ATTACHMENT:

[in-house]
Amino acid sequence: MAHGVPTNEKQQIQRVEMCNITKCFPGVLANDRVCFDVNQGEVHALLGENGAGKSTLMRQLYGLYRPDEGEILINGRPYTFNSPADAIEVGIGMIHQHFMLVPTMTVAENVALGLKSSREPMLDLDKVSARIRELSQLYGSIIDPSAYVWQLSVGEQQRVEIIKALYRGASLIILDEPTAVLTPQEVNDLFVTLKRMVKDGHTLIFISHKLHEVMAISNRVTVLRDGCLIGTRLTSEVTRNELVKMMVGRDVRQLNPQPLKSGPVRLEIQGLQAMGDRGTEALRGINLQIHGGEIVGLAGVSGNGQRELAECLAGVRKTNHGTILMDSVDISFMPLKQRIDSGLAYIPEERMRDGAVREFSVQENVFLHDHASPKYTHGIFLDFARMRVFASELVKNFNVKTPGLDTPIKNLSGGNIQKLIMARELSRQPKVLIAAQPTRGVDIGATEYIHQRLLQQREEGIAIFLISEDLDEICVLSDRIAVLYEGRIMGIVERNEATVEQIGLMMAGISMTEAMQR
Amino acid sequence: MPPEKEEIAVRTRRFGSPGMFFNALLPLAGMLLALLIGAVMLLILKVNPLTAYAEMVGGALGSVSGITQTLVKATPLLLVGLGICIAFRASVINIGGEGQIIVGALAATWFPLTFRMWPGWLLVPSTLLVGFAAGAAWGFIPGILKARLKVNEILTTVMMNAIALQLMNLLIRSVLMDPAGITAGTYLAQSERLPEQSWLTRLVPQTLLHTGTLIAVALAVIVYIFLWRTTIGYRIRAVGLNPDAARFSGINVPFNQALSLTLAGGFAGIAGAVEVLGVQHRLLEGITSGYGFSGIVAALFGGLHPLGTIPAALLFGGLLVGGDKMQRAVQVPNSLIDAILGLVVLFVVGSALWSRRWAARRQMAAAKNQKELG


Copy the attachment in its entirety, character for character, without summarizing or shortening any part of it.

[in-house]
Amino acid sequence: MAHGVPTNEKQQIQRVEMCNITKCFPGVLANDRVCFDVNQGEVHALLGENGAGKSTLMRQLYGLYRPDEGEILINGRPYTFNSPADAIEVGIGMIHQHFMLVPTMTVAENVALGLKSSREPMLDLDKVSARIRELSQLYGSIIDPSAYVWQLSVGEQQRVEIIKALYRGASLIILDEPTAVLTPQEVNDLFVTLKRMVKDGHTLIFISHKLHEVMAISNRVTVLRDGCLIGTRLTSEVTRNELVKMMVGRDVRQLNPQPLKSGPVRLEIQGLQAMGDRGTEALRGINLQIHGGEIVGLAGVSGNGQRELAECLAGVRKTNHGTILMDSVDISFMPLKQRIDSGLAYIPEERMRDGAVREFSVQENVFLHDHASPKYTHGIFLDFARMRVFASELVKNFNVKTPGLDTPIKNLSGGNIQKLIMARELSRQPKVLIAAQPTRGVDIGATEYIHQRLLQQREEGIAIFLISEDLDEICVLSDRIAVLYEGRIMGIVERNEATVEQIGLMMAGISMTEAMQR
Amino acid sequence: MPPEKEEIAVRTRRFGSPGMFFNALLPLAGMLLALLIGAVMLLILKVNPLTAYAEMVGGALGSVSGITQTLVKATPLLLVGLGICIAFRASVINIGGEGQIIVGALAATWFPLTFRMWPGWLLVPSTLLVGFAAGAAWGFIPGILKARLKVNEILTTVMMNAIALQLMNLLIRSVLMDPAGITAGTYLAQSERLPEQSWLTRLVPQTLLHTGTLIAVALAVIVYIFLWRTTIGYRIRAVGLNPDAARFSGINVPFNQALSLTLAGGFAGIAGAVEVLGVQHRLLEGITSGYGFSGIVAALFGGLHPLGTIPAALLFGGLLVGGDKMQRAVQVPNSLIDAILGLVVLFVVGSALWSRRWAARRQMAAAKNQKELG